JS: You had to search it out.

PSF: And listen to John Peel.

PS: Back in those days, you'd risk buying records by bands you hadn't heard. Black Flag and Big Black albums were hard to come by. It's all so easy to get hold of now with the Internet.

JS: The first record I ever got given was the greatest hits of Abba. I used to play that regularly. My cousin, luckily, was into metal: Motorhead, Iron Maiden. He was a few years older and influenced me. To impress him, I bought the "Ace of Spades" seven inch. When Princess Diana got married, there was a big party at the woods near where I grew up. The person who was organizing it asked everyone to bring records and I brought the album Ace of Spades and they actually played it at this party. So, Motorhead and Abba, at a very impressionable age. Like Pete, I was into metal when I was at school. Listening to John Peel, I got into Napalm Death and I realized Bill Steer used to walk past my house, after watching an Arena documentary. I watched it with my parents and my dad said, "That's that lad who walks past, with long hair." It was Bill Steer who used to walk past to go to a guy called Midi's house in Bromborough on the Wirral. There was quite a scene of people on the Wirral into hardcore and metal.

NM: At a very impresssionable age I had a weird art teacher who used to play prog rock records to ten year olds. She was a big Rick Wakeman fan and I think it was more because I liked the teacher than anything else, because she was young and pretty and wore afro wigs, and a bit weird. I remember one of her projects was to get a wooden coat hanger and paint psychedelic patterns on it. It was the first time I'd come across the word psychedelic. I wanted a Rick Wakeman record for Christmas and got Myths and Legends of King Arthur and the Knights of the Round Table.

PSF: Did you play it until it wore out?

NM: Pretty much, yeah. I got into music when we got a record player when I was seven, in the early seventies. My mum had a lot of early rock n' roll 78ís and early Elvis and Little Richard singles, Little Richard especially, the voice was incredible. That's what got me into music and after that I was hooked.

PSF: Have you heard anything recently that's really inspired you?

PS: Richard Dawson, I've liked him ever since The Magic Bridge. "The Vile Stuff" is amazing, really great song. The music's interesting and he's a really good guy as well.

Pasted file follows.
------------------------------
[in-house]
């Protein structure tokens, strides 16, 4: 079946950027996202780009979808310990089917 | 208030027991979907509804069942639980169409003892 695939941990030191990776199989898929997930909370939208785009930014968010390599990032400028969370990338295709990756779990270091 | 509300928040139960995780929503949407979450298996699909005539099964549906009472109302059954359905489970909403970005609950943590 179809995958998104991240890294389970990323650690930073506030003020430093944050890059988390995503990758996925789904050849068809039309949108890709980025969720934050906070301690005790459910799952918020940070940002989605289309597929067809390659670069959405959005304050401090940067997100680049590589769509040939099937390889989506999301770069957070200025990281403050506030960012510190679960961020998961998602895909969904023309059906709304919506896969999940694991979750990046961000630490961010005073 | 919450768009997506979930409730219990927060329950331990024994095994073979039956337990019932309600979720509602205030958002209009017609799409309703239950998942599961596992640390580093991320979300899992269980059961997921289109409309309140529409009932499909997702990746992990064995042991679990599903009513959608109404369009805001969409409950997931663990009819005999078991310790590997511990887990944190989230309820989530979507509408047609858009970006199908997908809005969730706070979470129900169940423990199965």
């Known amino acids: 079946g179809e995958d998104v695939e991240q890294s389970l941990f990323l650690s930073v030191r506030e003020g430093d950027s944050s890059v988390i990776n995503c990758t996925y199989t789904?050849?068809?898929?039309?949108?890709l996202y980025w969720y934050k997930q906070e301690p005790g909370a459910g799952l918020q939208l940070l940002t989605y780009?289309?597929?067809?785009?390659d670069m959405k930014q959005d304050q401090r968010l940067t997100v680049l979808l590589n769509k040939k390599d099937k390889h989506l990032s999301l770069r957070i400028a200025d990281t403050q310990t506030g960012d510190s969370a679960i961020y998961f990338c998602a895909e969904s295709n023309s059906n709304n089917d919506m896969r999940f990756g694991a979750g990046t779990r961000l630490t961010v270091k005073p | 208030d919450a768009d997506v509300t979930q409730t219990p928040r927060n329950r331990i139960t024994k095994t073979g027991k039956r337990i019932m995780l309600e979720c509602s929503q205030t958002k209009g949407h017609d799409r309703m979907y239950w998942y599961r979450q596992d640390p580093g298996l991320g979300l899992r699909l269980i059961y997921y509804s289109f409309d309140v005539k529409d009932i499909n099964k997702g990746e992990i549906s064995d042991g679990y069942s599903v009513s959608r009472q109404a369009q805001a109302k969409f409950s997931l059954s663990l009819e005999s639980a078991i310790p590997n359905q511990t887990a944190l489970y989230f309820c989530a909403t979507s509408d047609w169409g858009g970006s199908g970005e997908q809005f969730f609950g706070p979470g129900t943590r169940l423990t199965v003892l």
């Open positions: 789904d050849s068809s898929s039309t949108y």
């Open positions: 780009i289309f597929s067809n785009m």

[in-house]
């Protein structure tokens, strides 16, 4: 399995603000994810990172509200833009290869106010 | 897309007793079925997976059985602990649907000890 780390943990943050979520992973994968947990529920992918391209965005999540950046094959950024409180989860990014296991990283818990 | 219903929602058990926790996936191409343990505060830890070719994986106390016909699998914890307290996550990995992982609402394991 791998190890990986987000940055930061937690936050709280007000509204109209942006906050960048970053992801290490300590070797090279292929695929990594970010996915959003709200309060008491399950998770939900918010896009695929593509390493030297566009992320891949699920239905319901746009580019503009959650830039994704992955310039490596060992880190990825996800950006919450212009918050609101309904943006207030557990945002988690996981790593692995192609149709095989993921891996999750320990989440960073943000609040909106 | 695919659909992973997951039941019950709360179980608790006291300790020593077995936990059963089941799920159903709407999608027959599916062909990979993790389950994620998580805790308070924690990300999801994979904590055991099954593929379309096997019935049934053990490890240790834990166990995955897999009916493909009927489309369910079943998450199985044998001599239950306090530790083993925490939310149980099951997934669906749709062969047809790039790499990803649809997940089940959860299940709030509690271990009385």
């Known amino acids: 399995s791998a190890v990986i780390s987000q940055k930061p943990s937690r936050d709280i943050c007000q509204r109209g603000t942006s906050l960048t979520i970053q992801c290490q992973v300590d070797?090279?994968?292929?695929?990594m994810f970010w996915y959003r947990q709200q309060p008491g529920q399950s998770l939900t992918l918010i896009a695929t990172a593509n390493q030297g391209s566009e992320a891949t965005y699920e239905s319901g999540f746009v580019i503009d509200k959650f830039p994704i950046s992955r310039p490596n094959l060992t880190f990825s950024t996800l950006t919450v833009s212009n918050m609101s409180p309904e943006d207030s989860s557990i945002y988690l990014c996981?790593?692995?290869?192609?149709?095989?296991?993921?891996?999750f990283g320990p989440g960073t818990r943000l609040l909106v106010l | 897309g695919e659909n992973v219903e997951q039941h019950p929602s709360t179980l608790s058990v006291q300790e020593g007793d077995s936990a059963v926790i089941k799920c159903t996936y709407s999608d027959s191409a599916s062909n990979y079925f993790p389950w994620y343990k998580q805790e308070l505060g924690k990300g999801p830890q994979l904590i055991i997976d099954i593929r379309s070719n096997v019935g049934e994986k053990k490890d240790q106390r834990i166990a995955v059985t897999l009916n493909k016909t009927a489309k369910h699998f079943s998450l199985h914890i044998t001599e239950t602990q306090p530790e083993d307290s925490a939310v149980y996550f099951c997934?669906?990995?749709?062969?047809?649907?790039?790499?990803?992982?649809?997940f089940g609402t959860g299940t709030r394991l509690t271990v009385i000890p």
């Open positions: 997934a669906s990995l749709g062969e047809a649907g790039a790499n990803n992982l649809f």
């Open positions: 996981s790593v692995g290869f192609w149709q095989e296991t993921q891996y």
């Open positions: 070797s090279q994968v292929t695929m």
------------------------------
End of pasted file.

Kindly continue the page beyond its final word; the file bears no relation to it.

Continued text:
PSF: He doesn't sound like anyone else.

PS: I like a lot of songwriter stuff, but his stuff is so unique.

JS: Pete's just done a solo album.

PSF: And are you going to put it out?

JS: Yeah.

PS: It's all acoustic and it's called Black Smoke.

PSF: Is it under your name Pete Smyth?

PS: Peter J. Smyth. It's all songs with words plus a few acoustic instrumentals.

PSF: Is it showing off your Richard Thompson influence?

PS: I'd like to think so.

PSF: Because you covered a Fairport Convention song.

NM: It was not written by Richard Thompson. It was a traditional song but the arrangement was more Sandy Denny and the bass player. Sandy Denny is amazing. Unhalfbricking is an amazing album (ED NOTE: amen).

JS: Liege and Lief is a great album by Fairport.

PSF: Some Fairport Convention recommendations from yesteryear there, but how about more recent music? I remember you (Jason) recommended Dead Skeletons to me when you worked at Probe Records in Liverpool.

JS: There's loads of great stuff out at the moment. The new Bob Mould album Beauty and Ruin is amazing.

PSF: The one before that Silver Age is as good if not better, in a similar loud guitar vein.

JS: Really? I'll have to check that out. The new Hey Colossus album is amazing. It's their best so far.

NM: I'm into fairly obscure avant garde music and one of the things I'm currently obsessed with is a Swiss composer called Heinz Holliger who is also an absolutely superb oboe player. He just gets better with age. He writes these really dark, dense pieces, ultra-virtuousic and when they're performed they're amazing. He's writen a lot setting texts to music and he tends to set texts by a lot of writers who are either very obsessed with extreme states or diagnosed with mental illness. He's in his seventies now.

(Steve had already left early to set up his drums and the rest of Mugstar had to go and play their gig, but Jason had a quick look at the list of questions and chose the last one from those I hadn't asked.)

JS: Were you going to ask us about "Furklausundbo"?

PSF: Yeah, the last track on Sun, Broken looks like two names. Is it a dedication?

JS: We wrote the song and we thought it sounded like Neu! and Bo Diddley.

NM: It had a Bo Diddley shuffle feel to it and the Neu! apache beat so it was Bo Diddley and Klaus Dinger but...

JS: They both died within a week.

NM: They both died shortly after we started calling it "Dingerdiddley" but "Dingerdiddley" sounded a bit disrespectful so "Furklausundbo" sounded a lot better.